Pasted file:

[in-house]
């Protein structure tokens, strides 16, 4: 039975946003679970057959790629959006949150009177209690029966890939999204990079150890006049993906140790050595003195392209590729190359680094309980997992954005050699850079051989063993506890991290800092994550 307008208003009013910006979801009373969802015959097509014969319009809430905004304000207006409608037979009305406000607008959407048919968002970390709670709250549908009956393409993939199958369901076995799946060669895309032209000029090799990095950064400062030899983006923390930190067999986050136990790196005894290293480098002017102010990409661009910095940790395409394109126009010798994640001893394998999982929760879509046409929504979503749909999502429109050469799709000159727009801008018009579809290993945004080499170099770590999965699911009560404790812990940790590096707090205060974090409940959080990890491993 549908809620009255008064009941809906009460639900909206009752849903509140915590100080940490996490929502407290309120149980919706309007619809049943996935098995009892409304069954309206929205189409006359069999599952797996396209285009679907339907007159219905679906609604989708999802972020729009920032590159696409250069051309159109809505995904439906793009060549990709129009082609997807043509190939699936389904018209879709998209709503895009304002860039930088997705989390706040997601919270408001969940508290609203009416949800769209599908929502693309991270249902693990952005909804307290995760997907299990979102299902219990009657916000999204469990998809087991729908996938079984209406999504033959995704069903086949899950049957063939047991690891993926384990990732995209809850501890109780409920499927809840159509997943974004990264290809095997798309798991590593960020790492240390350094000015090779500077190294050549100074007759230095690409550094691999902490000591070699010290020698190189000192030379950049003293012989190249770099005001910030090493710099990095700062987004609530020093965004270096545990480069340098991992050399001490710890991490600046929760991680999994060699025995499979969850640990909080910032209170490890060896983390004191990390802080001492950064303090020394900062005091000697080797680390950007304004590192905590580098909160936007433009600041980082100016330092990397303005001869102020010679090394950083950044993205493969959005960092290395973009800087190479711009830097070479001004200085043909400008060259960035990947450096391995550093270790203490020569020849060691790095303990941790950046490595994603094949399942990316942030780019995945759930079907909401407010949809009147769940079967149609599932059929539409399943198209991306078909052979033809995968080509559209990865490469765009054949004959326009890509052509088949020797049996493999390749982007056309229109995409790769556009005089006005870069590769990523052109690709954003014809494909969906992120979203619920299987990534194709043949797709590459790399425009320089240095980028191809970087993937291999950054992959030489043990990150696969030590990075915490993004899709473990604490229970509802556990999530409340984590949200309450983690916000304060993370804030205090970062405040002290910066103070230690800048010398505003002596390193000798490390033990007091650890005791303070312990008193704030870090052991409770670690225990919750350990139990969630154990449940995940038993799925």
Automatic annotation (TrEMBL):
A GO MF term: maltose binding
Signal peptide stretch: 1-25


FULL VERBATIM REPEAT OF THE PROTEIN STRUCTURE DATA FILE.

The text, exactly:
[in-house]
């Protein structure tokens, strides 16, 4: 039975946003679970057959790629959006949150009177209690029966890939999204990079150890006049993906140790050595003195392209590729190359680094309980997992954005050699850079051989063993506890991290800092994550 307008208003009013910006979801009373969802015959097509014969319009809430905004304000207006409608037979009305406000607008959407048919968002970390709670709250549908009956393409993939199958369901076995799946060669895309032209000029090799990095950064400062030899983006923390930190067999986050136990790196005894290293480098002017102010990409661009910095940790395409394109126009010798994640001893394998999982929760879509046409929504979503749909999502429109050469799709000159727009801008018009579809290993945004080499170099770590999965699911009560404790812990940790590096707090205060974090409940959080990890491993 549908809620009255008064009941809906009460639900909206009752849903509140915590100080940490996490929502407290309120149980919706309007619809049943996935098995009892409304069954309206929205189409006359069999599952797996396209285009679907339907007159219905679906609604989708999802972020729009920032590159696409250069051309159109809505995904439906793009060549990709129009082609997807043509190939699936389904018209879709998209709503895009304002860039930088997705989390706040997601919270408001969940508290609203009416949800769209599908929502693309991270249902693990952005909804307290995760997907299990979102299902219990009657916000999204469990998809087991729908996938079984209406999504033959995704069903086949899950049957063939047991690891993926384990990732995209809850501890109780409920499927809840159509997943974004990264290809095997798309798991590593960020790492240390350094000015090779500077190294050549100074007759230095690409550094691999902490000591070699010290020698190189000192030379950049003293012989190249770099005001910030090493710099990095700062987004609530020093965004270096545990480069340098991992050399001490710890991490600046929760991680999994060699025995499979969850640990909080910032209170490890060896983390004191990390802080001492950064303090020394900062005091000697080797680390950007304004590192905590580098909160936007433009600041980082100016330092990397303005001869102020010679090394950083950044993205493969959005960092290395973009800087190479711009830097070479001004200085043909400008060259960035990947450096391995550093270790203490020569020849060691790095303990941790950046490595994603094949399942990316942030780019995945759930079907909401407010949809009147769940079967149609599932059929539409399943198209991306078909052979033809995968080509559209990865490469765009054949004959326009890509052509088949020797049996493999390749982007056309229109995409790769556009005089006005870069590769990523052109690709954003014809494909969906992120979203619920299987990534194709043949797709590459790399425009320089240095980028191809970087993937291999950054992959030489043990990150696969030590990075915490993004899709473990604490229970509802556990999530409340984590949200309450983690916000304060993370804030205090970062405040002290910066103070230690800048010398505003002596390193000798490390033990007091650890005791303070312990008193704030870090052991409770670690225990919750350990139990969630154990449940995940038993799925």
Automatic annotation (TrEMBL):
A GO MF term: maltose binding
Signal peptide stretch: 1-25